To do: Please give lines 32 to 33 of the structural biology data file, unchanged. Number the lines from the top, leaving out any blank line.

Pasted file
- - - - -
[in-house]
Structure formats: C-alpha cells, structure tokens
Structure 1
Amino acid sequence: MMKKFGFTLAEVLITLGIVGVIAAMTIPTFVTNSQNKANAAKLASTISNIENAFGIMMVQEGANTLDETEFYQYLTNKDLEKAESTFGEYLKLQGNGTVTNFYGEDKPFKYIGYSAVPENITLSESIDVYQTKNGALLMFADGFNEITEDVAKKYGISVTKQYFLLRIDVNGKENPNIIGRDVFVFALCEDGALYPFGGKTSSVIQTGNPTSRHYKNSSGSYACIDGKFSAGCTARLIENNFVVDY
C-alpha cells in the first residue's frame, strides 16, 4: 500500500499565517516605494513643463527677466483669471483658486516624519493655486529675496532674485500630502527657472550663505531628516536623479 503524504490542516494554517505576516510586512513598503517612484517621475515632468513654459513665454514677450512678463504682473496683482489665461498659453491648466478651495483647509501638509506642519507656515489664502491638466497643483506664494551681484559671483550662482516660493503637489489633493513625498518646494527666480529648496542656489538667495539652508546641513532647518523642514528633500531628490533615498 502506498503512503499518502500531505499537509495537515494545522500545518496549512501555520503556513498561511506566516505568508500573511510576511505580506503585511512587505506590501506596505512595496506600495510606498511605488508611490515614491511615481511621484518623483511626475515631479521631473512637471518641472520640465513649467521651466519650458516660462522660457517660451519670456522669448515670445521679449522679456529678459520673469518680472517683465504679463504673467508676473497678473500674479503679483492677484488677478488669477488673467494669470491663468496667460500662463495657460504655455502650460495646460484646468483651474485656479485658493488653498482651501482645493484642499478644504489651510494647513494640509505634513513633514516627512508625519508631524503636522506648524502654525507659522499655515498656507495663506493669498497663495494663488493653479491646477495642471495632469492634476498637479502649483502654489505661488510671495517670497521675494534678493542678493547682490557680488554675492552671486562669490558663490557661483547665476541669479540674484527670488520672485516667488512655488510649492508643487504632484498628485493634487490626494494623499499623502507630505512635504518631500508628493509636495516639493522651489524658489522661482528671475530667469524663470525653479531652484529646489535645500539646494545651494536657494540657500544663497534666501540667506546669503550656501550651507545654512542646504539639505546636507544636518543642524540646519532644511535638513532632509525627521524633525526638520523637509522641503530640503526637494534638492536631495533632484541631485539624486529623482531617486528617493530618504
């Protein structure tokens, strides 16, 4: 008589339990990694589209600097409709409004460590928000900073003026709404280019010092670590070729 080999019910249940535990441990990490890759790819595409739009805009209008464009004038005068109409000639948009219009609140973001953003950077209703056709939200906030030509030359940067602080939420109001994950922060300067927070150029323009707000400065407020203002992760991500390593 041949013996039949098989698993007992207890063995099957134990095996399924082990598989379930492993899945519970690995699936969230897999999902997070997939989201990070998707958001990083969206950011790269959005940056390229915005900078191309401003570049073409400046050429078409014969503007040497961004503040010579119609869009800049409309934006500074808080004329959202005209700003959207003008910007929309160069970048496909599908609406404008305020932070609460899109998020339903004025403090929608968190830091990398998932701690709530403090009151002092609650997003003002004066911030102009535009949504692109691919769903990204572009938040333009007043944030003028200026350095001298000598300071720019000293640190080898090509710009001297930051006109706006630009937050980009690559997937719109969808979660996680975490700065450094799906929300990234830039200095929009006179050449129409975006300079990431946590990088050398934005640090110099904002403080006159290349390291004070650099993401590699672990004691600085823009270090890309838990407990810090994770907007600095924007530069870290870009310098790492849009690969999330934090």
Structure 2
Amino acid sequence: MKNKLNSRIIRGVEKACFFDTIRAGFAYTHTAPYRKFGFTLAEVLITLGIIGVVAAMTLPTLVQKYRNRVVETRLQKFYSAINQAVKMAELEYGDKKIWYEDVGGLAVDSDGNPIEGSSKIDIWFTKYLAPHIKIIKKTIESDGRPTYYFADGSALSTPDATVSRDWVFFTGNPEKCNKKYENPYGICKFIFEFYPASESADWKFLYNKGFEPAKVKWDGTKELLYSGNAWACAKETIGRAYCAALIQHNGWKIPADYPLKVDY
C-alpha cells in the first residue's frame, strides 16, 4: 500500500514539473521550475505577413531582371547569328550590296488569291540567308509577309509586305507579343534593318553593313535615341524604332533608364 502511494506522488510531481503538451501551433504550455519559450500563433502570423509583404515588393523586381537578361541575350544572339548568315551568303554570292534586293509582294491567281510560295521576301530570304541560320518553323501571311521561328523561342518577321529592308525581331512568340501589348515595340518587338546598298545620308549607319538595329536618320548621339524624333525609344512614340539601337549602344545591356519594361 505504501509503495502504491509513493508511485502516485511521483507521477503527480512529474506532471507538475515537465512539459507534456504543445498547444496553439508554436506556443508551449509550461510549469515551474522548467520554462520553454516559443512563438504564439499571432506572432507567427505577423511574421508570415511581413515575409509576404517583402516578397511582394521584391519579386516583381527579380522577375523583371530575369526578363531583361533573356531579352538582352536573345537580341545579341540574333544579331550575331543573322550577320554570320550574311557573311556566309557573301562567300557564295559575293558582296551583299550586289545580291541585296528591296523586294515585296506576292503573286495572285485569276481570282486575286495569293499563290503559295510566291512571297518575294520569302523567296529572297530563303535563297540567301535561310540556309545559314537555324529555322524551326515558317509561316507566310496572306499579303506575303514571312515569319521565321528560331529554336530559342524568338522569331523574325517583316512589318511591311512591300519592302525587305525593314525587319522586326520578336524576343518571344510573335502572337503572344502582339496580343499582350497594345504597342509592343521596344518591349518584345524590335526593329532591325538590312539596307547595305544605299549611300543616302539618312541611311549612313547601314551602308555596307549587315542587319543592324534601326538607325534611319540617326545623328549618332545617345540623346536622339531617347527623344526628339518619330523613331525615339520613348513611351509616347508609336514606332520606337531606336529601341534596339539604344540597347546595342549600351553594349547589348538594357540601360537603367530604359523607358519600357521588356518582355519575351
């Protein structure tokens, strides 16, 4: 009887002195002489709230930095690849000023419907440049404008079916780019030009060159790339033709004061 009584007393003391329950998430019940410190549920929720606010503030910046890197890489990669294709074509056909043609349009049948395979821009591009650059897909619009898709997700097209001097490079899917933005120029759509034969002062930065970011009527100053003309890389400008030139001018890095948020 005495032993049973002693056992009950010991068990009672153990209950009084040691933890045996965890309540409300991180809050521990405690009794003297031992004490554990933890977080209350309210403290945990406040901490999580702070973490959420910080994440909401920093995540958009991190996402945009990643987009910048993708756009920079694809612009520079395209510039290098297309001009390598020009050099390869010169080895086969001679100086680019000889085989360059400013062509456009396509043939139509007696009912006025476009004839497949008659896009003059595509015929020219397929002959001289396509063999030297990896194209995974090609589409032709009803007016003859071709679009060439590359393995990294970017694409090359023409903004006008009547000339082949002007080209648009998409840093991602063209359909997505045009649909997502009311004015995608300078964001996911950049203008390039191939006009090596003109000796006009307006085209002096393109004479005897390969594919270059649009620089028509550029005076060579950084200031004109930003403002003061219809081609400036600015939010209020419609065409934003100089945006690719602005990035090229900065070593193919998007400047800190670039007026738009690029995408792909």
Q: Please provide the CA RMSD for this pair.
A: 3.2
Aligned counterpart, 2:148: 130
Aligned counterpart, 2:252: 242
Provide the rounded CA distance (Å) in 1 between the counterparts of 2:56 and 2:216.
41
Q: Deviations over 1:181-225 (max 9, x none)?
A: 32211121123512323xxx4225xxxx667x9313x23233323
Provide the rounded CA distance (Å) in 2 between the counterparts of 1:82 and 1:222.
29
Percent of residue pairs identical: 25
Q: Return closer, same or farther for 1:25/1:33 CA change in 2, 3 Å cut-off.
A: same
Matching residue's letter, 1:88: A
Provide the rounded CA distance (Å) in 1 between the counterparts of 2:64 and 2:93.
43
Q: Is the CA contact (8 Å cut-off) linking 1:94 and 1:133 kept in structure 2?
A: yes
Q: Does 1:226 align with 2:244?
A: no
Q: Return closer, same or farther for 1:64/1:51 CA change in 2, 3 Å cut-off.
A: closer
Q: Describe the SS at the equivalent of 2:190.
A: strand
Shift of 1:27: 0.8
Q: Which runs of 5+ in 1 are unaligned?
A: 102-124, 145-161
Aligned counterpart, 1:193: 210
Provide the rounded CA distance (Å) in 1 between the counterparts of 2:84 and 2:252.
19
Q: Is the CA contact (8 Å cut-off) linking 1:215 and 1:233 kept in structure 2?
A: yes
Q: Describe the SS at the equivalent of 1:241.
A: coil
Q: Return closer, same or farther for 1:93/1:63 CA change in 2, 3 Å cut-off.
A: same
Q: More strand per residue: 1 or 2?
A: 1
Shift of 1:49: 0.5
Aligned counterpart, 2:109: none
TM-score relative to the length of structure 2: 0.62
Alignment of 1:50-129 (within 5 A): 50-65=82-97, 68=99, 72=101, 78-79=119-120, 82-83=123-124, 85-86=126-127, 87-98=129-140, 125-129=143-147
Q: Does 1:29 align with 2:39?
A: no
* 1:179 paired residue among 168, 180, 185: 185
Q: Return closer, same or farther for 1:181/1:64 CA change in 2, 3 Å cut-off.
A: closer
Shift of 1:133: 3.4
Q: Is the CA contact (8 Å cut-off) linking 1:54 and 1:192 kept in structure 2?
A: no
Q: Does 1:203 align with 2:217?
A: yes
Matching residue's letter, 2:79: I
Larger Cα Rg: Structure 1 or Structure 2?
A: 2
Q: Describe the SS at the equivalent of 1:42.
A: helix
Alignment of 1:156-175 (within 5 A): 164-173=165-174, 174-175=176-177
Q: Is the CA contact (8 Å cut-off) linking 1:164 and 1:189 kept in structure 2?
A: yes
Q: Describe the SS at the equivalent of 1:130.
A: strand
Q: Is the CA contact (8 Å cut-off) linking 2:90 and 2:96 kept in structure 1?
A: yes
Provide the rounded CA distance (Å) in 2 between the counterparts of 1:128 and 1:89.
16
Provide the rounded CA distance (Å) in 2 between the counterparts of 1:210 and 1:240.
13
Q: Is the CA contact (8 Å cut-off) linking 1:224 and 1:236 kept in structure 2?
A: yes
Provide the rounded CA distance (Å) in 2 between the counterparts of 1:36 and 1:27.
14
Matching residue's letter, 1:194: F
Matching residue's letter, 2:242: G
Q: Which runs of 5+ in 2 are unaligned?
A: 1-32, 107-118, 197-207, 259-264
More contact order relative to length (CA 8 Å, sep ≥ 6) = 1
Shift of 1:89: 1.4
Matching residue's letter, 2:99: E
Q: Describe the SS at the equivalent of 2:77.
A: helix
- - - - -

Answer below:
A: closer
Q: Describe the SS at the equivalent of 2:190.